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 White Lies by Susan BarrettWhite Lies by Susan Barrett


Publisher:  Create Space (August 30, 2016)
Category: Literary Fiction, Women’s Fiction; Contemporary Fiction; Family Saga
Tour Date: April/May, 2017
ISBN: 978-1536806847
Available in: Print & ebook,  164 Pages

White Lies

The story is told from three perspectives: that of Beth, the natural mother of Tess, Liz, the adoptive mother, and Tess herself.  The reader’s sympathy is engaged with each woman in turn, as the intricacies of the plot demonstrate how nature and nurture interplay in the formation of personality.

Beth is a guest at a wedding. The bride is Tess, her natural daughter, who’d been adopted as a baby. During the moments leading up to the marriage ceremony, Beth remembers the lifetime events that have led to her present state of sick fear. Recent revelations have made her suspect that the bridegroom is the first child she’d given up for adoption, and therefore Tess’s half-brother. Will she speak of this impediment to matrimony, as invited by the priest, or forever hold her peace?

White Lies gives the answer in a way that reveals the complexities of truth-telling in the context of parenthood and adoption.  An entertaining page-turner, the novel also traces the social changes in family life over the last fifty years.

My Thoughts White Lies by Susan Barrett


Have you ever thought of adopting a child or were you an adopted child?  Have you ever wondered what it would be like for the birth mother, the adoptive mother, or the child who was adopted?  With the new television series that came out last year, ‘Long Lost Family’, we get a glimpse into those lives.  However, is a “reality” television show really reality?  What goes on behind the scenes or ends up on the cutting room floor?

Thought fiction, perhaps ‘White Lies’ will give a perspective.  It is written by a mother who has adopted.

‘White Lies’ is told from the perspective of the birth mother, Beth, Liz, the adoptive mother, and Tess, the adoptee.  Beth was invited to her birth daughter’s, Tess’s wedding.  Though she should be happy to have been invited and excited to see her daughter’s wedding, she is fearful.  Could the bridegroom be the first child she gave up for adoption? Should she speak up or let the ceremony go on?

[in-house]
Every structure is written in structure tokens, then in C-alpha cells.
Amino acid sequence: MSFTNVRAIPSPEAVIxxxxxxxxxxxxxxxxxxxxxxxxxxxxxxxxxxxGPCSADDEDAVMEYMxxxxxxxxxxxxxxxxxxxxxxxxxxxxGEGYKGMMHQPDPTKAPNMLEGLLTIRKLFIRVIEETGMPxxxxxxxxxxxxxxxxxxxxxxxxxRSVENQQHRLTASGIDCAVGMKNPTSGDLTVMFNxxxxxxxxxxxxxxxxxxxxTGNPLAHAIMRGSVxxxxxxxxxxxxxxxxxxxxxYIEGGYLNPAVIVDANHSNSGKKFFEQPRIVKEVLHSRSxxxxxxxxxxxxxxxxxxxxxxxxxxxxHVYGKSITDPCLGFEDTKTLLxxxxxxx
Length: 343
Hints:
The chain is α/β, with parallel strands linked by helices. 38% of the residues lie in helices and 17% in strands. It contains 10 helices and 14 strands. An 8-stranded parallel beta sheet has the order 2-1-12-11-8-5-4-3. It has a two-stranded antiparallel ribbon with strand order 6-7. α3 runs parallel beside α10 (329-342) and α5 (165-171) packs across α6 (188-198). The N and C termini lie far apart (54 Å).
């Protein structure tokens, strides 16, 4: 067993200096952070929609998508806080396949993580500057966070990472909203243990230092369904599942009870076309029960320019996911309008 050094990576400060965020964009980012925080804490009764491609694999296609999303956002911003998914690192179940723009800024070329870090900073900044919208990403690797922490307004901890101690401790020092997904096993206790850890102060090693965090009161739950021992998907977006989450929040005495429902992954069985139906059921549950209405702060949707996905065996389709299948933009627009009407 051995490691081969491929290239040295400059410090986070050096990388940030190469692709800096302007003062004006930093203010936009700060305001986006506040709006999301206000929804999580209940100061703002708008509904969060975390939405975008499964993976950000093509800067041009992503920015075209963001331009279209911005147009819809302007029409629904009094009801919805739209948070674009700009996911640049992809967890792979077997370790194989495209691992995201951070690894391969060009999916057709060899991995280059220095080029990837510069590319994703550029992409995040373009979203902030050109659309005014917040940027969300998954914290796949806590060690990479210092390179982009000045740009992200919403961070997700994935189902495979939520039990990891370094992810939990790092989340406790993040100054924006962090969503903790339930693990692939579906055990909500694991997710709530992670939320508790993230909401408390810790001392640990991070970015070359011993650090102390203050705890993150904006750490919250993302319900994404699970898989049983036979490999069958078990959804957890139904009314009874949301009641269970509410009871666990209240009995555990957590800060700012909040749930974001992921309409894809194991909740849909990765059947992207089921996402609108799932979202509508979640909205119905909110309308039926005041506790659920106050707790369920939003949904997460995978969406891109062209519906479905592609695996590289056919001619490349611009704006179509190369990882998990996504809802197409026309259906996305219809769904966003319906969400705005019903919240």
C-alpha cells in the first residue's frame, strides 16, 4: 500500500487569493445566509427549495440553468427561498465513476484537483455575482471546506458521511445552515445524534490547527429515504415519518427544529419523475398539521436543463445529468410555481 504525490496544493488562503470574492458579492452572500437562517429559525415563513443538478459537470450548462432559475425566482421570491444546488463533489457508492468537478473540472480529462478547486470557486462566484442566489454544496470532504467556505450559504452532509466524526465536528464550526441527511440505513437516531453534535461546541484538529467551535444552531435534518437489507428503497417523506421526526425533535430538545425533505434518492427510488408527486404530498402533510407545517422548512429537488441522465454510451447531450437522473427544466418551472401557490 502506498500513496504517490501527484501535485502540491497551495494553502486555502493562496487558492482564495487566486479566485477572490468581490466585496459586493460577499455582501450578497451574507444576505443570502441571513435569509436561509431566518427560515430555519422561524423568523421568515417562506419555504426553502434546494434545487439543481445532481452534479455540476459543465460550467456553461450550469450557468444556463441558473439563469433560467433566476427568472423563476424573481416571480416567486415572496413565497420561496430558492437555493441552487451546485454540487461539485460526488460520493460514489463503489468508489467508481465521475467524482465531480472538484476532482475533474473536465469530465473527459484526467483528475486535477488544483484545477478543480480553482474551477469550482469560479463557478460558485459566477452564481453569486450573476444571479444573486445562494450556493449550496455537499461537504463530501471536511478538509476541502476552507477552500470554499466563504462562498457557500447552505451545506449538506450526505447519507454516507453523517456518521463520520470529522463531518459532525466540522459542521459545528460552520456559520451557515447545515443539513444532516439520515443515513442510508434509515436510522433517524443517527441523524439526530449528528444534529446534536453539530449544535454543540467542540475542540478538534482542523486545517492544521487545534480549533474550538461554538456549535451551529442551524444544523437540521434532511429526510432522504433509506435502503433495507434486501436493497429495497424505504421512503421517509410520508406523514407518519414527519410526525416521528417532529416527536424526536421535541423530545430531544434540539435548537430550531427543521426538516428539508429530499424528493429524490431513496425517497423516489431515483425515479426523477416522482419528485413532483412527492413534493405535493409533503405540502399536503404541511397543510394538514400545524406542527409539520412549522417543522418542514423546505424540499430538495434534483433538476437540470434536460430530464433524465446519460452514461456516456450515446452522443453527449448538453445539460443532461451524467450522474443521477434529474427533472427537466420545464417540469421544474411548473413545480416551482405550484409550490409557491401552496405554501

Times have changed, it use to be that there was virtually no way of finding a birth parent or birth child.  It has been getting easier, especially with the invention of DNA testing, etc.  More and more people have developed more of an open mind and don’t scrutinize unwed mothers the way they use to.  Now a days, there are even women who decide to have a child without getting married and they don’t even have to wear a big scarlet letter “A”. LOL! 

No matter what you beliefs, if you have feelings, you can’t help having sympathy for all the parties involved in this book.  I certainly did.  Susan Barrett uses her art to cast a story about the experience of adoption from all sides.  She develops believable and sympathetic characters into an excellent story of love.

This is a beautifully written story of love and loss with even a dash of humor.  I highly recommend ‘White Lies’ to readers who love strong female characters and excellent story telling.

5/5

I received the print version for my honest review.

About Susan Barrett White Lies by Susan Barrett


Born in Plymouth, Devon in 1938, Susan Barrett began writing fiction in the 1960s while living on a Greek island.  Her first novel was published by Michael Joseph in 1969.  Film rights were sold and renewed over several years. She went on to write six more novels which were published with mainstream publishers in hardback and paperback in UK and USA.   A book on Greece’s landscapes, flora and fauna, illustrated in watercolours by her artist husband Peter Barrett, was published by Harrap Columbus in 1986.  They have also produced many children’s books together, published in the US.  In the 1990s she trained in humanistic counselling and gestalt psychotherapy and has practised as a counsellor for the last twenty years.  Her latest two novels and a work of non-fiction are available as ebooks and in paperback editions.